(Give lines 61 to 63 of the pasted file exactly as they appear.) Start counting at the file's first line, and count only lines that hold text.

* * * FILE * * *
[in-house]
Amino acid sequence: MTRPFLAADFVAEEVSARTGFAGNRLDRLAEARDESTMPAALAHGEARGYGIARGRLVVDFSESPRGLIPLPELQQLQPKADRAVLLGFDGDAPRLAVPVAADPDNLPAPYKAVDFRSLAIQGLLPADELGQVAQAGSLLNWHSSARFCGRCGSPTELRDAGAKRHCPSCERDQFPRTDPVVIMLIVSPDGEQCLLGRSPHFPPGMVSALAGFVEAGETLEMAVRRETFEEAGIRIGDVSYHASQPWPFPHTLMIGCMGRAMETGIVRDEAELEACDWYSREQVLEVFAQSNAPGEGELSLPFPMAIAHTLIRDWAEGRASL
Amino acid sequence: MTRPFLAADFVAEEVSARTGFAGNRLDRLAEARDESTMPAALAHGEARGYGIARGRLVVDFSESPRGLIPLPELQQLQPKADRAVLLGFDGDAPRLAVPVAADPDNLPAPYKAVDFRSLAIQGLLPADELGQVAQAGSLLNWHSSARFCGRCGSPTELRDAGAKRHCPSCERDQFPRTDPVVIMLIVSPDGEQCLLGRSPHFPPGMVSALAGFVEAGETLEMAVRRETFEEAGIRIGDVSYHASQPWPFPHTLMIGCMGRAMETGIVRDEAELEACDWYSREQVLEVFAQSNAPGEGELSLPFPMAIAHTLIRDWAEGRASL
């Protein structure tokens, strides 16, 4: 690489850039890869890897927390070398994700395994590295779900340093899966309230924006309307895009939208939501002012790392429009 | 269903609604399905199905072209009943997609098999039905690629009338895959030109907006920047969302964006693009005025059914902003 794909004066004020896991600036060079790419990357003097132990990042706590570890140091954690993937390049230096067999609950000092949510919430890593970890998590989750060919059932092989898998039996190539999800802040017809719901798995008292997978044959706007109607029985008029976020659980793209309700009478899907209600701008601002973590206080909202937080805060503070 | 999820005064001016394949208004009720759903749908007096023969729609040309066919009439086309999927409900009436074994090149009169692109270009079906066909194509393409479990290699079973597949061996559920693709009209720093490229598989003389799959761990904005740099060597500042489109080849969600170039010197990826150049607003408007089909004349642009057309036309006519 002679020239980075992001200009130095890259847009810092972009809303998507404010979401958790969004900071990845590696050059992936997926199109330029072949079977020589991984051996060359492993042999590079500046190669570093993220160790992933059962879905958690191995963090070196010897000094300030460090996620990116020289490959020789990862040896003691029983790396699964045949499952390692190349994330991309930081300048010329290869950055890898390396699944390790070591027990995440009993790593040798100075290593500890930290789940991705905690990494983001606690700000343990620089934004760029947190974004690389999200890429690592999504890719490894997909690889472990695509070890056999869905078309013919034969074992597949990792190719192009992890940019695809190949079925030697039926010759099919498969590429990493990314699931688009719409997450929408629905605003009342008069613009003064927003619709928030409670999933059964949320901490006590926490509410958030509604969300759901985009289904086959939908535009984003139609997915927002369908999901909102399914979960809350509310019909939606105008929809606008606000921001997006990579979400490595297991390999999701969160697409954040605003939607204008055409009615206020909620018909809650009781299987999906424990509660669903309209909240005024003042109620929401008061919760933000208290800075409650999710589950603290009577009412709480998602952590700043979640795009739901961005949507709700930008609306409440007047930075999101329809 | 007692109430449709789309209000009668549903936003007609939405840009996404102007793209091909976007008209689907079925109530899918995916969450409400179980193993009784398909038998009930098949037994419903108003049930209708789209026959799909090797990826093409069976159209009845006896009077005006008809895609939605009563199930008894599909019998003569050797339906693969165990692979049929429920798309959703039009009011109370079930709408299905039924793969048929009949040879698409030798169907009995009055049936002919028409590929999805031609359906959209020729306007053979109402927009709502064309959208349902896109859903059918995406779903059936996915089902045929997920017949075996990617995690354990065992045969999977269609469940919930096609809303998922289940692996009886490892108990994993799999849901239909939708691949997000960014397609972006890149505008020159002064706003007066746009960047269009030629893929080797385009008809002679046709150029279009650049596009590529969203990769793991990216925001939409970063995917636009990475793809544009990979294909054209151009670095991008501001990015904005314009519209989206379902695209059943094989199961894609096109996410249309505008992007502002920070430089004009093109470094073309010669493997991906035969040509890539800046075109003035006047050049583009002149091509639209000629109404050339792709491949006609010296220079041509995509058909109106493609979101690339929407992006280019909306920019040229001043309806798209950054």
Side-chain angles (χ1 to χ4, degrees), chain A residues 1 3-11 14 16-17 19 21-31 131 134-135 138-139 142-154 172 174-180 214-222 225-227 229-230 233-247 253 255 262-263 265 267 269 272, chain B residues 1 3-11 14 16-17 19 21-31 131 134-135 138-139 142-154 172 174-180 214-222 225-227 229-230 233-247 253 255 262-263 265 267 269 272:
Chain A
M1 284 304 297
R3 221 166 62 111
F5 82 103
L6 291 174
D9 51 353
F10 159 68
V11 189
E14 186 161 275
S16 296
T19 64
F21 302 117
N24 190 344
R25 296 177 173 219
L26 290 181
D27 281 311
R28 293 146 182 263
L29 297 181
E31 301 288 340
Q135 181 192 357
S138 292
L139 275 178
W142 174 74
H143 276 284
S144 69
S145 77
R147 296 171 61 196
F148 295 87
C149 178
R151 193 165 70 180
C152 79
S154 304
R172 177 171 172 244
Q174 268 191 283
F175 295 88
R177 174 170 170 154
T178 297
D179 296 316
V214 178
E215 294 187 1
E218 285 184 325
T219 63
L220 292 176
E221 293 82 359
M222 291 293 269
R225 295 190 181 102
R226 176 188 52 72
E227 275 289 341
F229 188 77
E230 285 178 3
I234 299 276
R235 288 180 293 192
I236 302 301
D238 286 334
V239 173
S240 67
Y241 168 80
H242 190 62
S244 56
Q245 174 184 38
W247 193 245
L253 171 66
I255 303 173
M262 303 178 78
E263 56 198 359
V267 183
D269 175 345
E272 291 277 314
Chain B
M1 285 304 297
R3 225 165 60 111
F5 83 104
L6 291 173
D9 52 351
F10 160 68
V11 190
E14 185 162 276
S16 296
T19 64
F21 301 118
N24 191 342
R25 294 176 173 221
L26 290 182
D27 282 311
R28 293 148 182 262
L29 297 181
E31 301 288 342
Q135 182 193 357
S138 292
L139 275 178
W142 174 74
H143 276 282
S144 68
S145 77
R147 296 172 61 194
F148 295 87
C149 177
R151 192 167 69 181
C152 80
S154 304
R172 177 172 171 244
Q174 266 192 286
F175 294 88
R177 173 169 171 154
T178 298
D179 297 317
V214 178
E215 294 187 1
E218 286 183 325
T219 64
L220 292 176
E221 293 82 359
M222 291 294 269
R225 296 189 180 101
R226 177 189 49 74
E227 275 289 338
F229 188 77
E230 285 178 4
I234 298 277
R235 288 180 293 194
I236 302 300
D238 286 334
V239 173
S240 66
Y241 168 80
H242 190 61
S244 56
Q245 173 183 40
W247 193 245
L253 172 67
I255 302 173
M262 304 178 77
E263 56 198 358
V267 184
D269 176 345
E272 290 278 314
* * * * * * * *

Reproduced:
S240 67
Y241 168 80
H242 190 62